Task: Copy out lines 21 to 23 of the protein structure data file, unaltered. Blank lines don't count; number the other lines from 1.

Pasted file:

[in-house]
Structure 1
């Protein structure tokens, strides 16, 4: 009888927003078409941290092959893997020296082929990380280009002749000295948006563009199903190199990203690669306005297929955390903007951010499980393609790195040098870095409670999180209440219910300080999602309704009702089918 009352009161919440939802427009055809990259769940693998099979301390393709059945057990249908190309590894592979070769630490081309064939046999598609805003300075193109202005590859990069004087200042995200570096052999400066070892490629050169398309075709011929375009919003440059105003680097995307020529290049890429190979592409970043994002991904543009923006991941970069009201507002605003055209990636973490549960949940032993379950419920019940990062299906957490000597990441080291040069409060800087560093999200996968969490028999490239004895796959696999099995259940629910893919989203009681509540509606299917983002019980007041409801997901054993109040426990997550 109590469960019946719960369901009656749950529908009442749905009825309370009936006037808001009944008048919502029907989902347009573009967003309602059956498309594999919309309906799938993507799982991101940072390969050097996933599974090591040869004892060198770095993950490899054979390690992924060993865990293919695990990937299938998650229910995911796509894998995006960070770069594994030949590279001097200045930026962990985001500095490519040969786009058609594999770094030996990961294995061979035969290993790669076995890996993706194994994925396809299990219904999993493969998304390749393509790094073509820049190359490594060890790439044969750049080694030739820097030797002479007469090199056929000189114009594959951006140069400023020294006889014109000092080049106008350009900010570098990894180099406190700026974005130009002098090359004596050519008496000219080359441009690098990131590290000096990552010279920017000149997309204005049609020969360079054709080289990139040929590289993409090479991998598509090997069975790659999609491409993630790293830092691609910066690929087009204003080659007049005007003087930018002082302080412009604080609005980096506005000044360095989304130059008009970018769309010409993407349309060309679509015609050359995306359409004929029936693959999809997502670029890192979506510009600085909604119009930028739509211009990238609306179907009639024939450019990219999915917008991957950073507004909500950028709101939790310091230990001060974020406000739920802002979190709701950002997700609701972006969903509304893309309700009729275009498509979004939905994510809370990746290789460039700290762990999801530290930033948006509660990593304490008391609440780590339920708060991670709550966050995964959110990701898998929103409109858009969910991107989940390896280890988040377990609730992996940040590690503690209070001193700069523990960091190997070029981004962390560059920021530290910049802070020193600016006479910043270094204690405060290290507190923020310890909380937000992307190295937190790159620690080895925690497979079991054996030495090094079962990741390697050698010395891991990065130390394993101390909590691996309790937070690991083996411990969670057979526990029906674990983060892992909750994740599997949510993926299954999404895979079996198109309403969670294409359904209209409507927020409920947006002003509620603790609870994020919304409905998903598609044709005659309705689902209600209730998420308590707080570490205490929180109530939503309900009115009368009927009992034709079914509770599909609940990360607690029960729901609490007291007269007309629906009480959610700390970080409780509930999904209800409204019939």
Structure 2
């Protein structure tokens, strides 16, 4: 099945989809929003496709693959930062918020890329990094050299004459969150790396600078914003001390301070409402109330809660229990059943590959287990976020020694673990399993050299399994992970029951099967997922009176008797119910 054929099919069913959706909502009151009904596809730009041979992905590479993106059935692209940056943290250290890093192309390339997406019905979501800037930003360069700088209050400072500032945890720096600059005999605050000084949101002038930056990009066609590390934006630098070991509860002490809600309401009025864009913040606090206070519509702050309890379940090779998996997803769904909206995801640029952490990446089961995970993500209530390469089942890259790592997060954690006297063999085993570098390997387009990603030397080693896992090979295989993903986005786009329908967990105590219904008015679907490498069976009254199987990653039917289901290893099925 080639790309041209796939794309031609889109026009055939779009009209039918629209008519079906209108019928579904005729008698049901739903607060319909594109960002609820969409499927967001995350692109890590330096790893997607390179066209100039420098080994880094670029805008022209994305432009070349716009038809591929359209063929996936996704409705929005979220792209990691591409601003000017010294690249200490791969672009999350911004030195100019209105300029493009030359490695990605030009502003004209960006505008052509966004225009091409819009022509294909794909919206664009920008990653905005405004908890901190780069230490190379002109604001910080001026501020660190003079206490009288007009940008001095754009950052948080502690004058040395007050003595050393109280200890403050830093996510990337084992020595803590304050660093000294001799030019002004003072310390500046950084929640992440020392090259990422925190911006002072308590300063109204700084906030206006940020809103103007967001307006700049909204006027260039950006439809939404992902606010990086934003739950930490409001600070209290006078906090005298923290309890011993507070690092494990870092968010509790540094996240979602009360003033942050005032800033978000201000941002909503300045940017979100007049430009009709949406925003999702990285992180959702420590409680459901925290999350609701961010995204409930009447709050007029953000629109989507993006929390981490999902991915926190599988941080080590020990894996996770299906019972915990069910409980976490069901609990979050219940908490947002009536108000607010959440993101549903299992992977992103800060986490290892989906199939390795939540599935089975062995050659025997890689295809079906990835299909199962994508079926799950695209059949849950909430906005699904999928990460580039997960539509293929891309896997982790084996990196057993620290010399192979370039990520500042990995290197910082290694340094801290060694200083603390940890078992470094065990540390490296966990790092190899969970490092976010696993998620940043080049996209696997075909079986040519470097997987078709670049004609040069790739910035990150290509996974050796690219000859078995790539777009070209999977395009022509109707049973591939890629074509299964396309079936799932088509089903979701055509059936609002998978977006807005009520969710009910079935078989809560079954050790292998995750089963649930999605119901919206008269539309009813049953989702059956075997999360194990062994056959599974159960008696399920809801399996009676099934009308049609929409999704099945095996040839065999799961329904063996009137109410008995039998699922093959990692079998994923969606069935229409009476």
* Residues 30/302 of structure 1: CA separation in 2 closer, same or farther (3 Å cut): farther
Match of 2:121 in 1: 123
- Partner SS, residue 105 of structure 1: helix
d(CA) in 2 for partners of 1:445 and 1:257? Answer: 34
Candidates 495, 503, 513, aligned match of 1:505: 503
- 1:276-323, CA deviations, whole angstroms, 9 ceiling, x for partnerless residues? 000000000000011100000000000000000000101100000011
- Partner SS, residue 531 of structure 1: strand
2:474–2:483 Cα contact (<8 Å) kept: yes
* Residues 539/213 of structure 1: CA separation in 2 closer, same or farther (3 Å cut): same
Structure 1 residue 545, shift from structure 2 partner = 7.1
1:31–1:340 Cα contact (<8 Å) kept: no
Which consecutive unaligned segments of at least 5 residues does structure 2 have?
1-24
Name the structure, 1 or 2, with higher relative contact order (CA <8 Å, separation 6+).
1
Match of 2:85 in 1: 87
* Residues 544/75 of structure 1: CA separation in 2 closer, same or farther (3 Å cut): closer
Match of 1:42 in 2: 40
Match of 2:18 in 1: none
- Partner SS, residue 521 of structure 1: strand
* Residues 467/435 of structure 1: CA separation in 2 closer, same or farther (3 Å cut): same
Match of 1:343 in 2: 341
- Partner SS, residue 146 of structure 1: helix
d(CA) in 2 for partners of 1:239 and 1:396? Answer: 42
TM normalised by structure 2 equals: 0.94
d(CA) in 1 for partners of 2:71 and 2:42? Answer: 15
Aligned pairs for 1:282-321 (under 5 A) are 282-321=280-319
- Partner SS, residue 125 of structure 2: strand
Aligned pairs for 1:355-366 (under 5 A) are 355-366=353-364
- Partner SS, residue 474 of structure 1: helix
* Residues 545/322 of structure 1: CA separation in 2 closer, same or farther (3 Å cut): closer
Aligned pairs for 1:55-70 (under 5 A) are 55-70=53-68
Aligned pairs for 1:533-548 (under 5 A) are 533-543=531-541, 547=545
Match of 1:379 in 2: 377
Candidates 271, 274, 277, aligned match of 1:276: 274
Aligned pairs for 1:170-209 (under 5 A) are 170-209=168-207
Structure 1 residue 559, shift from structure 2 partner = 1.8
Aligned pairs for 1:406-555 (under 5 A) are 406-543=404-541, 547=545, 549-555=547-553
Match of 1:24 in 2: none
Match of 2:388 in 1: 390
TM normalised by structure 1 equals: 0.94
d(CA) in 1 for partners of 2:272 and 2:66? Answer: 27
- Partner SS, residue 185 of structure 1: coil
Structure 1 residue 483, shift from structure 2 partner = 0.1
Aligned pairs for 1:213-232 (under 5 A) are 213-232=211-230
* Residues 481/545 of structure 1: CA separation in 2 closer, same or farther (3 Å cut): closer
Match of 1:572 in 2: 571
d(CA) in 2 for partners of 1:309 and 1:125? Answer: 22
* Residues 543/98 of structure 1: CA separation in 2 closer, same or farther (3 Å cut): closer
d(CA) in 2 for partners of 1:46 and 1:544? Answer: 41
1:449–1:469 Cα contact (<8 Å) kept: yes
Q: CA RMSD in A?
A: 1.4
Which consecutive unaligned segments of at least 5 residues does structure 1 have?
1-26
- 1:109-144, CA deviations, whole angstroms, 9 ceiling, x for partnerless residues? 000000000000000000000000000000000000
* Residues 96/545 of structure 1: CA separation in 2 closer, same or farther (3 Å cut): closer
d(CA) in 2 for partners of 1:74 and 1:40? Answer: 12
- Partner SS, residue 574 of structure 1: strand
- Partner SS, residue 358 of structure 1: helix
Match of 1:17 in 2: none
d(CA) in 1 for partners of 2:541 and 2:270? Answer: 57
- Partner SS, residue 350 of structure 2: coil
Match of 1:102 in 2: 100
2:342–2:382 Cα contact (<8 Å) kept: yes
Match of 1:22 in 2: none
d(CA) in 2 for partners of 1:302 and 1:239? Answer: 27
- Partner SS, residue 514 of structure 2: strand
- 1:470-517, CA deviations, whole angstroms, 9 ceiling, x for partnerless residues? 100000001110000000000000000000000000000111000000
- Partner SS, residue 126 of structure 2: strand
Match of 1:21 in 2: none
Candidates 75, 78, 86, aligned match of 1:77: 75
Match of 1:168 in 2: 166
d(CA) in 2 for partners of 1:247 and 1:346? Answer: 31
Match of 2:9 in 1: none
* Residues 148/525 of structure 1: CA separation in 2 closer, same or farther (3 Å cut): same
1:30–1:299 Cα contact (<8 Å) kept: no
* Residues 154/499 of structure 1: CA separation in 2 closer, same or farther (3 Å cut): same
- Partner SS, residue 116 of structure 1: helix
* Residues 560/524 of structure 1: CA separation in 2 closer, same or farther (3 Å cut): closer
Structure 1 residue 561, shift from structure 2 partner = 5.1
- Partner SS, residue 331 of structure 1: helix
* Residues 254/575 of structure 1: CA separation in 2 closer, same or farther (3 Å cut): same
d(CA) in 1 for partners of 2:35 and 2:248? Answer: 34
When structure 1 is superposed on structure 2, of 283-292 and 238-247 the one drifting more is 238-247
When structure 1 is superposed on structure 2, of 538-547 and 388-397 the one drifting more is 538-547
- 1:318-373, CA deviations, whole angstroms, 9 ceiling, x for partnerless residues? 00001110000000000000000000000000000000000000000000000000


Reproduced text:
Match of 2:85 in 1: 87
* Residues 544/75 of structure 1: CA separation in 2 closer, same or farther (3 Å cut): closer
Match of 1:42 in 2: 40